The COVID-19 pandemic is likely to have long-lasting economic repercussions, as the global economy faces demand and supply shocks, falling growth forecasts and rising uncertainty.

To pull through this difficult time, additional support will be given to businesses. Addressing immediate challenges, the Resilience Budget will tackle the 3 Cs on business owners minds – cash flow, cost, and credit, in addition to offering help to specific sectors affected by COVID-19.
The Resilience Budget will address the three Cs on the mind of every business owner now – cash flow, cost, and credit.
DPM Heng Swee Keat
Here are the four ways the Resilience Budget is going to help businesses:



Help with cash flow

The Government is working to flow payouts under the wage support schemes quickly to provide timely assistance. By end-May 2020, a total of $5.6 billion would have been paid out. On top of this, an additional $500 million of wage credits under the enhanced support will be brought forward. Altogether, by Oct 2020, $16.2 billion will flow into the hands of businesses through the Job Support Scheme and Wage Credit Scheme.

To further ease cashflow as businesses await cash from wage support schemes, companies and self-employed persons will be granted an automatic deferment of income tax payments for 3 months. No application will be required.

Businesses
Deferment of income tax payment due in 
 Companies   Apr, May and Jun 2020
 Self-employed persons  May, Jun and Jul 2020
 Employees   May approach IRAS if they need help with tax payments and wish to avail themselves to this arrangement


Help with business costs

Where the cost is within the Government’s control, it will do its best to help.

The Property Tax Rebate announced in the Unity Budget will be enhanced, by raising the amount and covering more types of properties:

  • For 2020, qualifying commercial properties that have been more badly affected by the COVID-19 outbreak will pay no Property Tax. These include hotels, serviced apartments, tourist attractions, shops, and restaurants. This is a step up from the 15%-30% Property Tax Rebate announced earlier.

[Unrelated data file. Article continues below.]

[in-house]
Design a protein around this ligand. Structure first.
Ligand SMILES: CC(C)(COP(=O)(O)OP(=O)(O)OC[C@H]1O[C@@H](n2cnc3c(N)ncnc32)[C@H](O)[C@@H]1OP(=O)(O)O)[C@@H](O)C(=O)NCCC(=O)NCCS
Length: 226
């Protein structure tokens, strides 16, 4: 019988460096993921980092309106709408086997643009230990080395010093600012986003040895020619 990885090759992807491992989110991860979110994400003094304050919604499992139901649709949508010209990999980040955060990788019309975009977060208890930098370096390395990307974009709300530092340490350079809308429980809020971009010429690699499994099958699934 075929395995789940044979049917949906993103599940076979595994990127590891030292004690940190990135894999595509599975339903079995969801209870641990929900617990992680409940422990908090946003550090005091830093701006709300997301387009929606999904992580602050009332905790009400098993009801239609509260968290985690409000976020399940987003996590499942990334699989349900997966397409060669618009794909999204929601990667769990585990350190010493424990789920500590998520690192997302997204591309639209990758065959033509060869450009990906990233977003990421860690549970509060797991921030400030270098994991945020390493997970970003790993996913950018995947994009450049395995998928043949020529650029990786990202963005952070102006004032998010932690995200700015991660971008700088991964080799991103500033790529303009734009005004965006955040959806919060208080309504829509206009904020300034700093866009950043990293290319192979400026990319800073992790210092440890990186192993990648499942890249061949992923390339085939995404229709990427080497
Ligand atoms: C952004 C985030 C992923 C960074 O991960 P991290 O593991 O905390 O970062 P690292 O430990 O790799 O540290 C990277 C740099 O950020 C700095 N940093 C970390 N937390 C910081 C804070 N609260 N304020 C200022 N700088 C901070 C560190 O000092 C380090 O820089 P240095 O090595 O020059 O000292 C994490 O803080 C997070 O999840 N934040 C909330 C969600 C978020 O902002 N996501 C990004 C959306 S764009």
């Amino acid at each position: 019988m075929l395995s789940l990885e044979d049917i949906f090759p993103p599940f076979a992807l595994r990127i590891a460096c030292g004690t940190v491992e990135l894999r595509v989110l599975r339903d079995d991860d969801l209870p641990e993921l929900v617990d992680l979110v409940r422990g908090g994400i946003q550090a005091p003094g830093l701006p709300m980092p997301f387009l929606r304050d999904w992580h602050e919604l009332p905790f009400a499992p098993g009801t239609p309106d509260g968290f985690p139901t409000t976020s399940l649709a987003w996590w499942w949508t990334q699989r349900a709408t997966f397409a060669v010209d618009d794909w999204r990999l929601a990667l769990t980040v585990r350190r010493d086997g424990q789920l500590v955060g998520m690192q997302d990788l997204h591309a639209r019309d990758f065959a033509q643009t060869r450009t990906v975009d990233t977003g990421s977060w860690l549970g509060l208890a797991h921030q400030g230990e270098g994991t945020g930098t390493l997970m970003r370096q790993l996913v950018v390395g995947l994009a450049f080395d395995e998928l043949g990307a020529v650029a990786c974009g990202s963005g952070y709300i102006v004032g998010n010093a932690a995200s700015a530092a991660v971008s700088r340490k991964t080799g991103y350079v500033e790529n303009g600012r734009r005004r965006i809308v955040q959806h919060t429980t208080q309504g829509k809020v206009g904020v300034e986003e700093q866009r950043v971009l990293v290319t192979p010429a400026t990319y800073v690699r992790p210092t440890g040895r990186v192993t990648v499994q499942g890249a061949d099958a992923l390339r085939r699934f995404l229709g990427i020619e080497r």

• Businesses in other non-residential properties such as offices and industrial properties affected by the COVID-19 situation will be granted a Property Tax Rebate of 30% for the year 2020.

Landlords are urged to fully pass on the rebate to tenants by reducing rentals, to directly ease the cash flow and cost pressures faced by tenants.

Rental waivers will be enhanced to support tenants.

 Tenants  Rental waivers

Stallholders in hawker centres managed by
NEA or NEA-appointed operators

 3 months
(up from 1 month announced in Budget 2020)
 Eligible tenants under government agencies  2 months
(up from 0.5 month announced in Budget 2020)
 All other non-residential tenants  0.5 month

In addition, all government fees and charges will be frozen for one year, from 1 April 2020 to 31 March 2021.


Help with credit

Financing schemes will be further enhanced so that even the hardest-hit businesses will continue to have access to credit.

Earlier enhancements were made to the Enterprise Financing Scheme (EFS) – SME Working Capital Loan to alleviate SMEs’ cash flow concerns, and the Temporary Bridging Loan Programme (TBLP) was introduced for enterprises in the tourism sector.

To support businesses’ trade financing needs, the EFS – Trade Loan will be enhanced, with the maximum loan quantum being increase from $5 million to $10 million, and an increase in the Government’s risk-share to 80%, up from 70%.

Subsidies to businesses for loan insurance premiums will be increased from 50% to 80%, under the Loan Insurance Scheme.

The Temporary Bridging Loan Programme will be expanded to all enterprises, and the maximum supported loan will be increased from $1 million to $5 million.

SMEs that require support beyond the TBLP can continue to tap on the EFS – SME Working Capital Loan. The maximum loan quantum for this will be further enhanced, from $600,000 to $1 million.